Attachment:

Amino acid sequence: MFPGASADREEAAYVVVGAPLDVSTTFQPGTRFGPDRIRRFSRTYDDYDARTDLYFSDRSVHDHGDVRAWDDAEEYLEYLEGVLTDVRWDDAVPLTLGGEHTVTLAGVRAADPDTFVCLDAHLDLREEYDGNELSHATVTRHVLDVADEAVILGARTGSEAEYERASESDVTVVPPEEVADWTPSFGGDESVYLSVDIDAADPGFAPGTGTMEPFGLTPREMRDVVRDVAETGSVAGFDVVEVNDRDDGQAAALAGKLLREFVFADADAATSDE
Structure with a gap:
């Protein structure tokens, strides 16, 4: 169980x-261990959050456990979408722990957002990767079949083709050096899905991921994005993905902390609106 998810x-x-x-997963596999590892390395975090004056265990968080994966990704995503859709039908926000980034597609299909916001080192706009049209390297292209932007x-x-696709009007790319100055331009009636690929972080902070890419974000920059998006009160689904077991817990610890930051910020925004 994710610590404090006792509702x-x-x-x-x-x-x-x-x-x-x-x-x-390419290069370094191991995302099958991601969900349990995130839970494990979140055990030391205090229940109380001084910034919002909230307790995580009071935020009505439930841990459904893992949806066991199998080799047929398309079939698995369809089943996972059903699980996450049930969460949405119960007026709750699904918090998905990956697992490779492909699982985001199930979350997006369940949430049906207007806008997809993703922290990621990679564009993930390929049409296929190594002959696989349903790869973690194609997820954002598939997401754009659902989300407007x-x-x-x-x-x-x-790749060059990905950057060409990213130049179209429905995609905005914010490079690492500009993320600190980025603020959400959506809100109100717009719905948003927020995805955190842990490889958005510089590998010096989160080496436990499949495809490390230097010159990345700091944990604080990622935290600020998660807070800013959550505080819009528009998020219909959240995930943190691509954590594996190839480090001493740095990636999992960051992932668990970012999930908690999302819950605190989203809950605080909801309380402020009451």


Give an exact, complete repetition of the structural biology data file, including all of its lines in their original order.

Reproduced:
Amino acid sequence: MFPGASADREEAAYVVVGAPLDVSTTFQPGTRFGPDRIRRFSRTYDDYDARTDLYFSDRSVHDHGDVRAWDDAEEYLEYLEGVLTDVRWDDAVPLTLGGEHTVTLAGVRAADPDTFVCLDAHLDLREEYDGNELSHATVTRHVLDVADEAVILGARTGSEAEYERASESDVTVVPPEEVADWTPSFGGDESVYLSVDIDAADPGFAPGTGTMEPFGLTPREMRDVVRDVAETGSVAGFDVVEVNDRDDGQAAALAGKLLREFVFADADAATSDE
Structure with a gap:
């Protein structure tokens, strides 16, 4: 169980x-261990959050456990979408722990957002990767079949083709050096899905991921994005993905902390609106 998810x-x-x-997963596999590892390395975090004056265990968080994966990704995503859709039908926000980034597609299909916001080192706009049209390297292209932007x-x-696709009007790319100055331009009636690929972080902070890419974000920059998006009160689904077991817990610890930051910020925004 994710610590404090006792509702x-x-x-x-x-x-x-x-x-x-x-x-x-390419290069370094191991995302099958991601969900349990995130839970494990979140055990030391205090229940109380001084910034919002909230307790995580009071935020009505439930841990459904893992949806066991199998080799047929398309079939698995369809089943996972059903699980996450049930969460949405119960007026709750699904918090998905990956697992490779492909699982985001199930979350997006369940949430049906207007806008997809993703922290990621990679564009993930390929049409296929190594002959696989349903790869973690194609997820954002598939997401754009659902989300407007x-x-x-x-x-x-x-790749060059990905950057060409990213130049179209429905995609905005914010490079690492500009993320600190980025603020959400959506809100109100717009719905948003927020995805955190842990490889958005510089590998010096989160080496436990499949495809490390230097010159990345700091944990604080990622935290600020998660807070800013959550505080819009528009998020219909959240995930943190691509954590594996190839480090001493740095990636999992960051992932668990970012999930908690999302819950605190989203809950605080909801309380402020009451």